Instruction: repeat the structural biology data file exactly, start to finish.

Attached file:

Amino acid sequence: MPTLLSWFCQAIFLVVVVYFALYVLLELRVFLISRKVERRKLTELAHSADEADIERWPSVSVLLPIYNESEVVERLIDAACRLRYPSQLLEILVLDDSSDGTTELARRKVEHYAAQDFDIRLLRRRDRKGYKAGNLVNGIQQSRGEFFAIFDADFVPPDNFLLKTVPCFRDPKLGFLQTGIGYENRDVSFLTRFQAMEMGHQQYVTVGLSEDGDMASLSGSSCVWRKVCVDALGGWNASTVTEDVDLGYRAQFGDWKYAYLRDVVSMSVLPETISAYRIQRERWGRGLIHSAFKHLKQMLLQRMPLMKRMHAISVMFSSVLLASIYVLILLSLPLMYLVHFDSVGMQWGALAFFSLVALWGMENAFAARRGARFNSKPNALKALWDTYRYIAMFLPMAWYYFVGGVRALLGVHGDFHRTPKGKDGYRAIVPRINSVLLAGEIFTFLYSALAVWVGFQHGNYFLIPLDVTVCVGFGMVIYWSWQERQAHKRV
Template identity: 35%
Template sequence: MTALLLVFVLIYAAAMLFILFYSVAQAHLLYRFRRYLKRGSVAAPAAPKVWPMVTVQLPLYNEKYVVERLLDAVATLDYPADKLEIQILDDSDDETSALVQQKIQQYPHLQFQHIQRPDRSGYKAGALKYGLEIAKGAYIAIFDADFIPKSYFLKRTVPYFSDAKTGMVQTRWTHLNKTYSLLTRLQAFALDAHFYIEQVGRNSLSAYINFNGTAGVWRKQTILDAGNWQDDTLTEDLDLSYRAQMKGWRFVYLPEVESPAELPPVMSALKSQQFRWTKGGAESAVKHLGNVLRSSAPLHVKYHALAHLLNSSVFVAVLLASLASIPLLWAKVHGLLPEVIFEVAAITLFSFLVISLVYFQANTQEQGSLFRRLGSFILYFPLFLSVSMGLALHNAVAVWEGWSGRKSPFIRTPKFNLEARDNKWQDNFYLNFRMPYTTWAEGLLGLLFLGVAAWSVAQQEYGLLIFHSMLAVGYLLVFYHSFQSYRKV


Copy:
Amino acid sequence: MPTLLSWFCQAIFLVVVVYFALYVLLELRVFLISRKVERRKLTELAHSADEADIERWPSVSVLLPIYNESEVVERLIDAACRLRYPSQLLEILVLDDSSDGTTELARRKVEHYAAQDFDIRLLRRRDRKGYKAGNLVNGIQQSRGEFFAIFDADFVPPDNFLLKTVPCFRDPKLGFLQTGIGYENRDVSFLTRFQAMEMGHQQYVTVGLSEDGDMASLSGSSCVWRKVCVDALGGWNASTVTEDVDLGYRAQFGDWKYAYLRDVVSMSVLPETISAYRIQRERWGRGLIHSAFKHLKQMLLQRMPLMKRMHAISVMFSSVLLASIYVLILLSLPLMYLVHFDSVGMQWGALAFFSLVALWGMENAFAARRGARFNSKPNALKALWDTYRYIAMFLPMAWYYFVGGVRALLGVHGDFHRTPKGKDGYRAIVPRINSVLLAGEIFTFLYSALAVWVGFQHGNYFLIPLDVTVCVGFGMVIYWSWQERQAHKRV
Template identity: 35%
Template sequence: MTALLLVFVLIYAAAMLFILFYSVAQAHLLYRFRRYLKRGSVAAPAAPKVWPMVTVQLPLYNEKYVVERLLDAVATLDYPADKLEIQILDDSDDETSALVQQKIQQYPHLQFQHIQRPDRSGYKAGALKYGLEIAKGAYIAIFDADFIPKSYFLKRTVPYFSDAKTGMVQTRWTHLNKTYSLLTRLQAFALDAHFYIEQVGRNSLSAYINFNGTAGVWRKQTILDAGNWQDDTLTEDLDLSYRAQMKGWRFVYLPEVESPAELPPVMSALKSQQFRWTKGGAESAVKHLGNVLRSSAPLHVKYHALAHLLNSSVFVAVLLASLASIPLLWAKVHGLLPEVIFEVAAITLFSFLVISLVYFQANTQEQGSLFRRLGSFILYFPLFLSVSMGLALHNAVAVWEGWSGRKSPFIRTPKFNLEARDNKWQDNFYLNFRMPYTTWAEGLLGLLFLGVAAWSVAQQEYGLLIFHSMLAVGYLLVFYHSFQSYRKV